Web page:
Violence, Not Drugs, Drives Mass Incarceration

We all want a free lunch, we may explain why so many people cling to the myth that prisons are populated with non-violent drug offenders, and mass incarceration and racial disparities too can be resolved simply by releasing some harmless pot smokers from behind bars. But it just isn’t so, as the data below show.

Some people change their mind when they see disconfirming evidence regarding something they believe. Others dig in, almost religiously, in this case by saying that these data prove even more their original view that the War on Drugs is the main cause of mass incarceration, because violence is all due to drugs and drug enforcement. Pity the faithful: a new analysis by The Economist of urban homicides shows that only 4% are drug-related, meaning 24 out of every 25 are not.

If you want to see how two bold, innovative scholar-reformers are grappling with the world of prison reform as it is rather than how we might wish it to be, check out my new Washington Post Wonkblog.

Author: Keith Humphreys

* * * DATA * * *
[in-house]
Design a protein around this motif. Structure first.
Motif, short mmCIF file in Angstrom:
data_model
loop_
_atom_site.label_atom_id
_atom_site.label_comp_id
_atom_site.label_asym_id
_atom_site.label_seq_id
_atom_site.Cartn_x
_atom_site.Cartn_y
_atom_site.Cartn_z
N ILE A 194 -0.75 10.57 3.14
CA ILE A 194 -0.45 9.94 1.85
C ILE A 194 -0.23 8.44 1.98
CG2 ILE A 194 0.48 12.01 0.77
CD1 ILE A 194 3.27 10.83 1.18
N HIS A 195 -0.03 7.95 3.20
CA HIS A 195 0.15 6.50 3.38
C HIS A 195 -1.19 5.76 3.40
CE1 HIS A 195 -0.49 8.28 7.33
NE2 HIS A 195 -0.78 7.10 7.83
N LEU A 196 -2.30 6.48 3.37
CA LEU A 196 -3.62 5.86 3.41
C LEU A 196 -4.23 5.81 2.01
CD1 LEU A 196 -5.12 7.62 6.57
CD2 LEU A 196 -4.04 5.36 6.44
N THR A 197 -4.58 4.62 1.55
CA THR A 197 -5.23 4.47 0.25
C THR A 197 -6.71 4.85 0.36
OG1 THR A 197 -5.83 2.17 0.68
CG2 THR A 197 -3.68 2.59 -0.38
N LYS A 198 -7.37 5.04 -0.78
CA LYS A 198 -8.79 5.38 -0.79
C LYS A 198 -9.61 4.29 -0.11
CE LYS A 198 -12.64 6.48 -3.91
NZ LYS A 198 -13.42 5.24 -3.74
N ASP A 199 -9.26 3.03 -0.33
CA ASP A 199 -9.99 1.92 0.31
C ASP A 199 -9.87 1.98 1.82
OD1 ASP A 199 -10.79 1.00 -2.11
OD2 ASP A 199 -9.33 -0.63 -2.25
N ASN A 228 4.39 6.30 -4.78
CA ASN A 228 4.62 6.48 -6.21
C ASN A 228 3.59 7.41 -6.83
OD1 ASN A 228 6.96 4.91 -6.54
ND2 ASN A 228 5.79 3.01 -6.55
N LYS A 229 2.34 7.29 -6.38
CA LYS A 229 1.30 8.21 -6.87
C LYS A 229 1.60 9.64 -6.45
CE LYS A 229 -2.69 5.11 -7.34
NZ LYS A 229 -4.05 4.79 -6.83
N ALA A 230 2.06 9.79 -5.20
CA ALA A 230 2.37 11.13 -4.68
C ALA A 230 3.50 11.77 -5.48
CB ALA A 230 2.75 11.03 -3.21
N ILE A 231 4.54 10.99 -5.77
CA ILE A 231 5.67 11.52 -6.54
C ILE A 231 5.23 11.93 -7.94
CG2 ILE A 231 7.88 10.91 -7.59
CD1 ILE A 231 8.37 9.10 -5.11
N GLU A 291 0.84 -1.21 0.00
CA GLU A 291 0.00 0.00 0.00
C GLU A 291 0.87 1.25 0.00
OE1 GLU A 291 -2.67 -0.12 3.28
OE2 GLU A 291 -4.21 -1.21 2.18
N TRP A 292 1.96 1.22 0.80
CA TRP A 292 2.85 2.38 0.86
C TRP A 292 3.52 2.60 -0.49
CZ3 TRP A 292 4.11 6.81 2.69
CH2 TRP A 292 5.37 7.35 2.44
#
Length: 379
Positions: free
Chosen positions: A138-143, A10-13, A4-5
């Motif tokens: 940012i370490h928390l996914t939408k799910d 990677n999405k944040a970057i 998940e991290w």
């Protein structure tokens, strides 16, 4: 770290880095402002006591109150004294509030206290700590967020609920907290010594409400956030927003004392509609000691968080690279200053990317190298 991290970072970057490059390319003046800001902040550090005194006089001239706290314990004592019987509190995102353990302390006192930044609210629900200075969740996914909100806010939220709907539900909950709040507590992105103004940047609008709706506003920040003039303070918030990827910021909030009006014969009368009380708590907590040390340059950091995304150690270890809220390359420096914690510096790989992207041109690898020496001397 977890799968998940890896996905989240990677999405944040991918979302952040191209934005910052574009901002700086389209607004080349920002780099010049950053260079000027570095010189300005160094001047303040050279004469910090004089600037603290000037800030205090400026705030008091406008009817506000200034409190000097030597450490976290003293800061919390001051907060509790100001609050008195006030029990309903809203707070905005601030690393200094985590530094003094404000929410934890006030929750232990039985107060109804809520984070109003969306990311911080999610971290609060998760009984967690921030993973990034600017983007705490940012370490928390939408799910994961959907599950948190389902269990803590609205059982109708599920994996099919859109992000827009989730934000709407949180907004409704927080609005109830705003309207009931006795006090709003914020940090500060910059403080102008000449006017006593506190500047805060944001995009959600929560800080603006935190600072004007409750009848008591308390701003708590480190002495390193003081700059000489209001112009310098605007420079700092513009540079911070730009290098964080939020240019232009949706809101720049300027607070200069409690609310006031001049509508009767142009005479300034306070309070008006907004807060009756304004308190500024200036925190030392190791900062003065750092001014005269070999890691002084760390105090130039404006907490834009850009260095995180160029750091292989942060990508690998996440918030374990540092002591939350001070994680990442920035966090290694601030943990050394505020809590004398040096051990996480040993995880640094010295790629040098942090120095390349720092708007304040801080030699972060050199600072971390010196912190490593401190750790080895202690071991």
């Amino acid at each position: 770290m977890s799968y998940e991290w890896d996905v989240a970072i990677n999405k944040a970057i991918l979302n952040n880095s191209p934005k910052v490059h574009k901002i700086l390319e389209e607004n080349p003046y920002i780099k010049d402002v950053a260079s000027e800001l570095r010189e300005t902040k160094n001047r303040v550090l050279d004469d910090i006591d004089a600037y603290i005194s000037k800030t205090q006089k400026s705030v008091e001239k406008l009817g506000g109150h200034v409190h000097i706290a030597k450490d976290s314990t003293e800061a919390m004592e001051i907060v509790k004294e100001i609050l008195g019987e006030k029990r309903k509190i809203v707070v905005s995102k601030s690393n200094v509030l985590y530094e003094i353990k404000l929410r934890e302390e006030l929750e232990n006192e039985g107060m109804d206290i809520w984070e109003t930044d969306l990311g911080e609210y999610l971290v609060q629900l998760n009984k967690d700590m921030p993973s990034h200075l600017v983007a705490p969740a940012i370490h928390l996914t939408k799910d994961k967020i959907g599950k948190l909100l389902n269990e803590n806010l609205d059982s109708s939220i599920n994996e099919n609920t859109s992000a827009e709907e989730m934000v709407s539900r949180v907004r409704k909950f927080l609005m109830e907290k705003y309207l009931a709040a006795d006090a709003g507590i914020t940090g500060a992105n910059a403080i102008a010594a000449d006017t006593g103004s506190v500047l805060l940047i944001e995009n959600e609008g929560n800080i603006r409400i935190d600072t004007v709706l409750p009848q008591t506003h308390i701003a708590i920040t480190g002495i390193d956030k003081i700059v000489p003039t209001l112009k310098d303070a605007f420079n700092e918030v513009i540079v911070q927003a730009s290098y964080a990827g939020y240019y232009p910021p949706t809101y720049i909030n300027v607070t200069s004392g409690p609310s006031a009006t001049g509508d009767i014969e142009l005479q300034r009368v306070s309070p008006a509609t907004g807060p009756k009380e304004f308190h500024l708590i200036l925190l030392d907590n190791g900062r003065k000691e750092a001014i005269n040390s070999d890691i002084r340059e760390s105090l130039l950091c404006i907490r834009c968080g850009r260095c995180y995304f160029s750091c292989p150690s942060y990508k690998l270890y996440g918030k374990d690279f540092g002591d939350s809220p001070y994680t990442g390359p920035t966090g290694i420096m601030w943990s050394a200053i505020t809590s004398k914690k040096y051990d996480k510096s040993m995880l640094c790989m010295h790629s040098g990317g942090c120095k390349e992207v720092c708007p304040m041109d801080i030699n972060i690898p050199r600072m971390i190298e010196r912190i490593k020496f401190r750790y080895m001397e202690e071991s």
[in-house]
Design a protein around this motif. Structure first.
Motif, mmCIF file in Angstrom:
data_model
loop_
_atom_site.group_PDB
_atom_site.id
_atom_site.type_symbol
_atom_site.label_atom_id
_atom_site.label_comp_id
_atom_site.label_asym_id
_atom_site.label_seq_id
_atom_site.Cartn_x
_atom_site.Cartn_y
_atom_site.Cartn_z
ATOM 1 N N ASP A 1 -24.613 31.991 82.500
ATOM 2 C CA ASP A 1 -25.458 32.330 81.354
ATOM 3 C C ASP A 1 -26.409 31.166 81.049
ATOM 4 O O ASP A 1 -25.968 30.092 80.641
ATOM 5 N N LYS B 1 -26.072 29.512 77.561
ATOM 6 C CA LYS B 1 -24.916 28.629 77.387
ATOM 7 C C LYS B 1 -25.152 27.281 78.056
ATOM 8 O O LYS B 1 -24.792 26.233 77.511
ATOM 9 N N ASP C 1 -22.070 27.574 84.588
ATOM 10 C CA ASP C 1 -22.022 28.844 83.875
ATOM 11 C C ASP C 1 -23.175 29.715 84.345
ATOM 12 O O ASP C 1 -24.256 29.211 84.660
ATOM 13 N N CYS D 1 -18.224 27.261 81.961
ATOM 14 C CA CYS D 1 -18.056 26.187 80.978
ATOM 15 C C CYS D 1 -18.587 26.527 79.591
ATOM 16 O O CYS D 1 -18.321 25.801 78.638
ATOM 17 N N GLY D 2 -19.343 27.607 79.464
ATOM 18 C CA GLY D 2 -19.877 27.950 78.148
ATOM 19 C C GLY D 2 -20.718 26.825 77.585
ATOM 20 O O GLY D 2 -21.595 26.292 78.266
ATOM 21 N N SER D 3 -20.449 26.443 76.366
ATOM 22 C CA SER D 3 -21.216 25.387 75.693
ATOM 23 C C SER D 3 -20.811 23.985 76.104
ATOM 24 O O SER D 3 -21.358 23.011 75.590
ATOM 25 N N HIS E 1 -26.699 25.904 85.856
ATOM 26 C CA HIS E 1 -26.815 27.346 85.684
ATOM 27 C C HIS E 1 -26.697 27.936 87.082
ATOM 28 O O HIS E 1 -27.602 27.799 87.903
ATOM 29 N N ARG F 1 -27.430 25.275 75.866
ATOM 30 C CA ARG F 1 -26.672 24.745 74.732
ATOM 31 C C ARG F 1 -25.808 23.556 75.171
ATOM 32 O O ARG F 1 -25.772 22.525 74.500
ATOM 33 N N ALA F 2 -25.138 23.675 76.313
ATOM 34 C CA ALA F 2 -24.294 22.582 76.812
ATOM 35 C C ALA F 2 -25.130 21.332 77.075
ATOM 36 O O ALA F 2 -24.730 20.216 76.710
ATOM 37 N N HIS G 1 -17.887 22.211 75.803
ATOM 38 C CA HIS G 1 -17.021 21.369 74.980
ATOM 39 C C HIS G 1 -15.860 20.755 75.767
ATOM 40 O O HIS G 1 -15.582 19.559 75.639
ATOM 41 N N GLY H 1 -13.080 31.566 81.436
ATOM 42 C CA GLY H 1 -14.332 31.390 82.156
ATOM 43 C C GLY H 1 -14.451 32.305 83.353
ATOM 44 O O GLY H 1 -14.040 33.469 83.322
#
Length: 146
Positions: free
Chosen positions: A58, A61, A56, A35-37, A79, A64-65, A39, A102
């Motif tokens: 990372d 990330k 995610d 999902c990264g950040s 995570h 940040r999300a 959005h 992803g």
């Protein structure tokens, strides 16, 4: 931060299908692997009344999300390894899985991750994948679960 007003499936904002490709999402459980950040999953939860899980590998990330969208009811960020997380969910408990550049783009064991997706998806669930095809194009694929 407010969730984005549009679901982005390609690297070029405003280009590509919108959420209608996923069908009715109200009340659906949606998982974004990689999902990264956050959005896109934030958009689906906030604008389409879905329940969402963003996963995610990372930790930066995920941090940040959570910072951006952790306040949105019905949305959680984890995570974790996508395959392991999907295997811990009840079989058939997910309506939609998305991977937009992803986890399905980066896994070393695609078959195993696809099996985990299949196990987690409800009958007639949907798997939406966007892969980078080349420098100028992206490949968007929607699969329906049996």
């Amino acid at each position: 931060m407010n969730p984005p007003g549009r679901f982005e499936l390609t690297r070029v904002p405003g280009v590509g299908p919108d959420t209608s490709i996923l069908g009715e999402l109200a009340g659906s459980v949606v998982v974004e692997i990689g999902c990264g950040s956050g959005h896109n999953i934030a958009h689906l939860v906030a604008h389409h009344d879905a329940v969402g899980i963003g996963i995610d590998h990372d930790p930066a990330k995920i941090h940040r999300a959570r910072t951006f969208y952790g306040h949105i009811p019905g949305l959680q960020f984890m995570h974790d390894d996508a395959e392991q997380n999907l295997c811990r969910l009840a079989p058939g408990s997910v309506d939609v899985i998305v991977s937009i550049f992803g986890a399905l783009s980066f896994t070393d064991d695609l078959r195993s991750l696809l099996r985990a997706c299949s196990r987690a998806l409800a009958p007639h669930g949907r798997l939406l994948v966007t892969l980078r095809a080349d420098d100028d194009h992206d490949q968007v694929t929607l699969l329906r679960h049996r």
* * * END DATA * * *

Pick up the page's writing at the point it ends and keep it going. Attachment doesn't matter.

Keith Humphreys is a Professor of Psychiatry at Stanford University. His research, teaching and writing have focused on addictive disorders, self-help organizations (e.g., breast cancer support groups, Alcoholics Anonymous), evaluation research methods, and public policy related to health care, mental illness, veterans and drugs. He is the author or co-author of numerous books and scholarly articles, and has written for the New York Times, Wall Street Journal, Washington Post, The Guardian (UK), the San Francisco Chronicle and other media outlets. When he is not in the San Francisco Bay Area, he is usually in London, where he is an ad hoc policy adviser to the national and city government, an honorary professor of psychiatry at Kings College, a senior editorial adviser to the journal Addiction, and a member of The Athenaeum. When he is not in the San Francisco Bay Area or London, he is usually in Washington D.C., where he serves as a frequent science and policy advisor to federal agencies, and where he has served previously as an appointee to a White House commission and several Secretarial task forces. From July 2009-2010, he served as Senior Policy Advisor at the White House Office of National Drug Control Policy. When he is not in the San Francisco Bay Area or London or Washington D.C., he is usually in the Middle East, where since 2004 he has volunteered in the international humanitarian effort to rebuild Iraq’s mental health care system. This work has taken him to Turkey, Egypt, Iraq, Jordan and Lebanon to teach and consult with Iraqi health professionals and policy makers.